Attracting and Retaining Science Students
2010 (English)Report (Other academic)
This research addresses an issue raised in recent reports that demonstrate that Quebec andSweden lag behind countries with emerging economies in the number of science graduates, asmeasured by the proportion of degrees earned in the sciences. Our objective was to investigate aset of factors that might, directly and/or indirectly, impact on student achievement andperseverance in science studies. We aimed to assess cultural (Quebec vs. Sweden) and genderdifferences in students’ scores on these factors, and in the strength of the relationships that thesefactors have to achievement and perseverance. Participants (N=2184) were recruited from twopopulations: students who enrolled in one of the four public Anglophone CEGEPs in Montrealthe Fall 2007 and Swedish students who attended twelfth grade in high schools in Linköping andStockholm in the school year 2007-2008. With the consent of students, demographic,achievement and enrollment data were acquired from the databases of the Quebec and Swedishministries of education. Data on independent variables: parental support (for autonomy,competence and science acculturation); teacher support (for autonomy, competence, relatednessand science acculturation); and, cognitive style (systemizing and empathizing) were collected viasurveys. Similarly, data on mediating variables: self-efficacy; five sub-scales of motivation; and,academic emotions (boredom, anxiety and enjoyment) were also collected via surveys. Data onperseverance were exclusively collected via survey in the Swedish sample. We used both surveysand information provided by college registrars to assess perseverance of Quebecers.Confirmatory Factor Analysis was used to validate instruments used in this study. ANOVA andCORRELATION were statistics used to assess differences and strengths of relationships betweenvariables. We have found that Swedish students persevere more than their Quebec counterparts.Furthermore, female students persevere less than their male peers although their achievement isnot significantly different and the achievement was found to be the most important factor inperseverance. We have also found several promising factors that might be at the root of thegender differences in perseverance, namely, female students have: higher negative emotions(anxiety and boredom); lower self-efficacy; and lower systemizing cognitive style. All of thesevariables were shown to influence perseverance. We determined that parental support for scienceacculturation is very low. Thus, teacher support for science acculturation, which influencesstudent intrinsic motivation and self-efficacy, which in turn influence perseverance, is animportant part of teachers’ classroom role. Increasing teacher support for science acculturationmay impact positively on students with lower systemizing cognitive style, encouraging them topersevere in the pursuit of a career in the sciences.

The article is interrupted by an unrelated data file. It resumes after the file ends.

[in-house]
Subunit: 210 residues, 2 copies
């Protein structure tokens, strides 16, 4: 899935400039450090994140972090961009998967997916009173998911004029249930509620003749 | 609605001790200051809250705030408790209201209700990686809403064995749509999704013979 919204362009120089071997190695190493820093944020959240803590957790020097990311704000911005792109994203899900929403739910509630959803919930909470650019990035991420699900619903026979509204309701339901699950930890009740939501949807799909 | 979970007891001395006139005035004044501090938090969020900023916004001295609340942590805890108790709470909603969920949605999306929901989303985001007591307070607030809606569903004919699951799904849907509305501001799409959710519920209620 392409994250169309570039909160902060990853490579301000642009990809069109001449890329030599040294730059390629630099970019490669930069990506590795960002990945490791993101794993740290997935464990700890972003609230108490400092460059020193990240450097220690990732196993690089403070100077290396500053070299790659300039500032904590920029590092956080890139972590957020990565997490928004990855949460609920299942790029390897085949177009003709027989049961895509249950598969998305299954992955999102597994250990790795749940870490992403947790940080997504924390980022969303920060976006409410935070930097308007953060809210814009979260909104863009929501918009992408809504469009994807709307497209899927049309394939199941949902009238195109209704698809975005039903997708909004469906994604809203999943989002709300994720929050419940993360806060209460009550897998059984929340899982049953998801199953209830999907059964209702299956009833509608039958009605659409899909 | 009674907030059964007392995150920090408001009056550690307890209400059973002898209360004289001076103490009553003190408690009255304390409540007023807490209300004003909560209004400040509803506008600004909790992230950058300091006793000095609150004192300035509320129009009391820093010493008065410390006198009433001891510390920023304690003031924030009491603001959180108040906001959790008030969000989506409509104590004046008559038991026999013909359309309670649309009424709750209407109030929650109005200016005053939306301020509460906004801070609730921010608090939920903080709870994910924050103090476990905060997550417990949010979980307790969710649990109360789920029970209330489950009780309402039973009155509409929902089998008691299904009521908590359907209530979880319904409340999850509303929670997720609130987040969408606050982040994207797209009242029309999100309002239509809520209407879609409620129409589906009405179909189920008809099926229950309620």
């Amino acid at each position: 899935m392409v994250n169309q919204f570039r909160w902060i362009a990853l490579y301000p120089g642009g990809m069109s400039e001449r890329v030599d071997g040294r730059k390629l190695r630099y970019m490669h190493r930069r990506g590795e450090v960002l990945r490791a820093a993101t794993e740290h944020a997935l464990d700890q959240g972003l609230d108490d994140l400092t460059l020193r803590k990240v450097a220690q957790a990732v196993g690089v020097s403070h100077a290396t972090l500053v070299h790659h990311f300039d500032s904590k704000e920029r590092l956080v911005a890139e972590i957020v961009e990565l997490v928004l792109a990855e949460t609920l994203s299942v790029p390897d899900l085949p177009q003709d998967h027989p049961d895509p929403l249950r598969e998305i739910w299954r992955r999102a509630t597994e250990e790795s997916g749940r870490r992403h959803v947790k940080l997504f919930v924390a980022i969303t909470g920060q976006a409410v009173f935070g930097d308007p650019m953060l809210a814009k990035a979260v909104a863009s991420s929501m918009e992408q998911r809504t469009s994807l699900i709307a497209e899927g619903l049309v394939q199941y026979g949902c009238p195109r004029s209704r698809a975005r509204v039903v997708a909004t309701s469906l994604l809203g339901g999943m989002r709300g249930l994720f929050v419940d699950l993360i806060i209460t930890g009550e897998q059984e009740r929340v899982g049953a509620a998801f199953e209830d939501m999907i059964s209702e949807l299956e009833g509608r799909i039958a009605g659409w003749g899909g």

Place, publisher, year, edition, pages
Montreal, 2010. , 95 p.
Science Education, Post-secondary Education, Perseverance, Motivation
IdentifiersURN: urn:nbn:se:liu:diva-61576ISBN: 978-2-921024-93-4OAI: oai:DiVA.org:liu-61576DiVA: diva2:370469